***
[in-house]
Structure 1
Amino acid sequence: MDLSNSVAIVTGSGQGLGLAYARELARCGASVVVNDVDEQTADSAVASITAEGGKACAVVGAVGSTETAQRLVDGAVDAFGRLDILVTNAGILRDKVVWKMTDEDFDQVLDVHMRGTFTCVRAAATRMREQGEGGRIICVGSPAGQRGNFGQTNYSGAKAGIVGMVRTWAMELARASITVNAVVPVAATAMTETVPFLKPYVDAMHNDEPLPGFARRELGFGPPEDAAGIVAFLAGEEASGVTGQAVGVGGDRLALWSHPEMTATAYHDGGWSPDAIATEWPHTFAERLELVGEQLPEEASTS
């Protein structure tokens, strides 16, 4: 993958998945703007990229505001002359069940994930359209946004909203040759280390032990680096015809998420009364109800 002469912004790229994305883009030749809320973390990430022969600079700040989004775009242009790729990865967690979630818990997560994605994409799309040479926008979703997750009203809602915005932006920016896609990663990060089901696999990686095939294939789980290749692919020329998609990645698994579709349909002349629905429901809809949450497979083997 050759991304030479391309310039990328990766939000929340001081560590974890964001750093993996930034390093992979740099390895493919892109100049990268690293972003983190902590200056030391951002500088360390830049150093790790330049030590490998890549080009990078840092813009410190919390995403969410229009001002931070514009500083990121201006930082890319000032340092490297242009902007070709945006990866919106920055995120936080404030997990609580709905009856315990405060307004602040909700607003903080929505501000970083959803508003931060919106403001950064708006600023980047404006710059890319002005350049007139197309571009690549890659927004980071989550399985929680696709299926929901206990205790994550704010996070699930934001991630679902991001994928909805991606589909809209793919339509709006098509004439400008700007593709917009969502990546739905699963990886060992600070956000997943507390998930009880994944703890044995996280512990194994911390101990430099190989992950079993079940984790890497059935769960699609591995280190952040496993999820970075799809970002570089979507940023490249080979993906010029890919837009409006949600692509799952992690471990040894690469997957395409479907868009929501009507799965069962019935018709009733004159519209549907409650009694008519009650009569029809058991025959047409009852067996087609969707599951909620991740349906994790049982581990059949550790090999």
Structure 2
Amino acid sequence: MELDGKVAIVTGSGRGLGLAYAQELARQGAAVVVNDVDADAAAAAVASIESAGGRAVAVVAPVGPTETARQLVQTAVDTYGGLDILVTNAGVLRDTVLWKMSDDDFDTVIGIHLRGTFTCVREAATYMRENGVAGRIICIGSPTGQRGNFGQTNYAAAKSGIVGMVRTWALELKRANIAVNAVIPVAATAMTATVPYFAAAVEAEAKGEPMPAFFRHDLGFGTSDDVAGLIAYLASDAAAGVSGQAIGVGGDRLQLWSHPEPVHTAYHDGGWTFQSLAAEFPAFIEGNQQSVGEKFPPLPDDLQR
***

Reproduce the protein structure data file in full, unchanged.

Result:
[in-house]
Structure 1
Amino acid sequence: MDLSNSVAIVTGSGQGLGLAYARELARCGASVVVNDVDEQTADSAVASITAEGGKACAVVGAVGSTETAQRLVDGAVDAFGRLDILVTNAGILRDKVVWKMTDEDFDQVLDVHMRGTFTCVRAAATRMREQGEGGRIICVGSPAGQRGNFGQTNYSGAKAGIVGMVRTWAMELARASITVNAVVPVAATAMTETVPFLKPYVDAMHNDEPLPGFARRELGFGPPEDAAGIVAFLAGEEASGVTGQAVGVGGDRLALWSHPEMTATAYHDGGWSPDAIATEWPHTFAERLELVGEQLPEEASTS
């Protein structure tokens, strides 16, 4: 993958998945703007990229505001002359069940994930359209946004909203040759280390032990680096015809998420009364109800 002469912004790229994305883009030749809320973390990430022969600079700040989004775009242009790729990865967690979630818990997560994605994409799309040479926008979703997750009203809602915005932006920016896609990663990060089901696999990686095939294939789980290749692919020329998609990645698994579709349909002349629905429901809809949450497979083997 050759991304030479391309310039990328990766939000929340001081560590974890964001750093993996930034390093992979740099390895493919892109100049990268690293972003983190902590200056030391951002500088360390830049150093790790330049030590490998890549080009990078840092813009410190919390995403969410229009001002931070514009500083990121201006930082890319000032340092490297242009902007070709945006990866919106920055995120936080404030997990609580709905009856315990405060307004602040909700607003903080929505501000970083959803508003931060919106403001950064708006600023980047404006710059890319002005350049007139197309571009690549890659927004980071989550399985929680696709299926929901206990205790994550704010996070699930934001991630679902991001994928909805991606589909809209793919339509709006098509004439400008700007593709917009969502990546739905699963990886060992600070956000997943507390998930009880994944703890044995996280512990194994911390101990430099190989992950079993079940984790890497059935769960699609591995280190952040496993999820970075799809970002570089979507940023490249080979993906010029890919837009409006949600692509799952992690471990040894690469997957395409479907868009929501009507799965069962019935018709009733004159519209549907409650009694008519009650009569029809058991025959047409009852067996087609969707599951909620991740349906994790049982581990059949550790090999």
Structure 2
Amino acid sequence: MELDGKVAIVTGSGRGLGLAYAQELARQGAAVVVNDVDADAAAAAVASIESAGGRAVAVVAPVGPTETARQLVQTAVDTYGGLDILVTNAGVLRDTVLWKMSDDDFDTVIGIHLRGTFTCVREAATYMRENGVAGRIICIGSPTGQRGNFGQTNYAAAKSGIVGMVRTWALELKRANIAVNAVIPVAATAMTATVPYFAAAVEAEAKGEPMPAFFRHDLGFGTSDDVAGLIAYLASDAAAGVSGQAIGVGGDRLQLWSHPEPVHTAYHDGGWTFQSLAAEFPAFIEGNQQSVGEKFPPLPDDLQR